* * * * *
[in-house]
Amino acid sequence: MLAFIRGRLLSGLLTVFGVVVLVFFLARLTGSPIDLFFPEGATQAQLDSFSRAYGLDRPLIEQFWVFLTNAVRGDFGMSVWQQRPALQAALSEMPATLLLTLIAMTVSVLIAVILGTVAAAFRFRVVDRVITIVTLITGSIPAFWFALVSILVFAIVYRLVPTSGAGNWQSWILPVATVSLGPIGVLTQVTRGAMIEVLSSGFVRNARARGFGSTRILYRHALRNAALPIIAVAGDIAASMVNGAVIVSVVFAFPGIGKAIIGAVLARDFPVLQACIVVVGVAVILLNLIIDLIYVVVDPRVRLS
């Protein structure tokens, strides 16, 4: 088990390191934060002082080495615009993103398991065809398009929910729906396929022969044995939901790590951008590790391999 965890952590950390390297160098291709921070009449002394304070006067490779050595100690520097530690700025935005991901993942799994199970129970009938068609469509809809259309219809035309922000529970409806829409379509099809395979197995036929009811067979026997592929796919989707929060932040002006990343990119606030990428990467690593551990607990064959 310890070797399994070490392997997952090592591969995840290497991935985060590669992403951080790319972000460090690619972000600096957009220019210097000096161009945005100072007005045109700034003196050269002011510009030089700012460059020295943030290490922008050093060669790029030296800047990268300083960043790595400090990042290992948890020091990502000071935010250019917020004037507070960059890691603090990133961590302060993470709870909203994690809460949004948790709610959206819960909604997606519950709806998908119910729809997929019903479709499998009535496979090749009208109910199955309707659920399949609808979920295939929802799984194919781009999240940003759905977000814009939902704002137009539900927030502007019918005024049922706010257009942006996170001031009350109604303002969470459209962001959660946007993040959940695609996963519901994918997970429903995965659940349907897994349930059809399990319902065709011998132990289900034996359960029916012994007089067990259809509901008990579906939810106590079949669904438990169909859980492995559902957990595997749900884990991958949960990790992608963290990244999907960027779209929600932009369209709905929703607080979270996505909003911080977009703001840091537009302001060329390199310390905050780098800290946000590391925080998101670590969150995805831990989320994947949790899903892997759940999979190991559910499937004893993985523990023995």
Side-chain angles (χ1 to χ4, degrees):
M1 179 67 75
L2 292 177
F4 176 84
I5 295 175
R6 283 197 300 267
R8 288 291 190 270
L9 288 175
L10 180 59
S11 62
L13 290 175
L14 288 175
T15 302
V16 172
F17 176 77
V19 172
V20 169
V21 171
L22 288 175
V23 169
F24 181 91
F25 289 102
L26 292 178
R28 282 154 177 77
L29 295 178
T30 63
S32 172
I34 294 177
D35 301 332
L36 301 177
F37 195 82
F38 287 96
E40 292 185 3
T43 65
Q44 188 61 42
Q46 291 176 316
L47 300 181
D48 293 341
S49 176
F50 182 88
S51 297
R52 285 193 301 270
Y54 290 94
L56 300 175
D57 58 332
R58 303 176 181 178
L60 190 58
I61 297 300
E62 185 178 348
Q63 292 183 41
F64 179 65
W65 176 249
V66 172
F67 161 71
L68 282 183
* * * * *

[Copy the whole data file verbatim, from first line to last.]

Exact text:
[in-house]
Amino acid sequence: MLAFIRGRLLSGLLTVFGVVVLVFFLARLTGSPIDLFFPEGATQAQLDSFSRAYGLDRPLIEQFWVFLTNAVRGDFGMSVWQQRPALQAALSEMPATLLLTLIAMTVSVLIAVILGTVAAAFRFRVVDRVITIVTLITGSIPAFWFALVSILVFAIVYRLVPTSGAGNWQSWILPVATVSLGPIGVLTQVTRGAMIEVLSSGFVRNARARGFGSTRILYRHALRNAALPIIAVAGDIAASMVNGAVIVSVVFAFPGIGKAIIGAVLARDFPVLQACIVVVGVAVILLNLIIDLIYVVVDPRVRLS
């Protein structure tokens, strides 16, 4: 088990390191934060002082080495615009993103398991065809398009929910729906396929022969044995939901790590951008590790391999 965890952590950390390297160098291709921070009449002394304070006067490779050595100690520097530690700025935005991901993942799994199970129970009938068609469509809809259309219809035309922000529970409806829409379509099809395979197995036929009811067979026997592929796919989707929060932040002006990343990119606030990428990467690593551990607990064959 310890070797399994070490392997997952090592591969995840290497991935985060590669992403951080790319972000460090690619972000600096957009220019210097000096161009945005100072007005045109700034003196050269002011510009030089700012460059020295943030290490922008050093060669790029030296800047990268300083960043790595400090990042290992948890020091990502000071935010250019917020004037507070960059890691603090990133961590302060993470709870909203994690809460949004948790709610959206819960909604997606519950709806998908119910729809997929019903479709499998009535496979090749009208109910199955309707659920399949609808979920295939929802799984194919781009999240940003759905977000814009939902704002137009539900927030502007019918005024049922706010257009942006996170001031009350109604303002969470459209962001959660946007993040959940695609996963519901994918997970429903995965659940349907897994349930059809399990319902065709011998132990289900034996359960029916012994007089067990259809509901008990579906939810106590079949669904438990169909859980492995559902957990595997749900884990991958949960990790992608963290990244999907960027779209929600932009369209709905929703607080979270996505909003911080977009703001840091537009302001060329390199310390905050780098800290946000590391925080998101670590969150995805831990989320994947949790899903892997759940999979190991559910499937004893993985523990023995």
Side-chain angles (χ1 to χ4, degrees):
M1 179 67 75
L2 292 177
F4 176 84
I5 295 175
R6 283 197 300 267
R8 288 291 190 270
L9 288 175
L10 180 59
S11 62
L13 290 175
L14 288 175
T15 302
V16 172
F17 176 77
V19 172
V20 169
V21 171
L22 288 175
V23 169
F24 181 91
F25 289 102
L26 292 178
R28 282 154 177 77
L29 295 178
T30 63
S32 172
I34 294 177
D35 301 332
L36 301 177
F37 195 82
F38 287 96
E40 292 185 3
T43 65
Q44 188 61 42
Q46 291 176 316
L47 300 181
D48 293 341
S49 176
F50 182 88
S51 297
R52 285 193 301 270
Y54 290 94
L56 300 175
D57 58 332
R58 303 176 181 178
L60 190 58
I61 297 300
E62 185 178 348
Q63 292 183 41
F64 179 65
W65 176 249
V66 172
F67 161 71
L68 282 183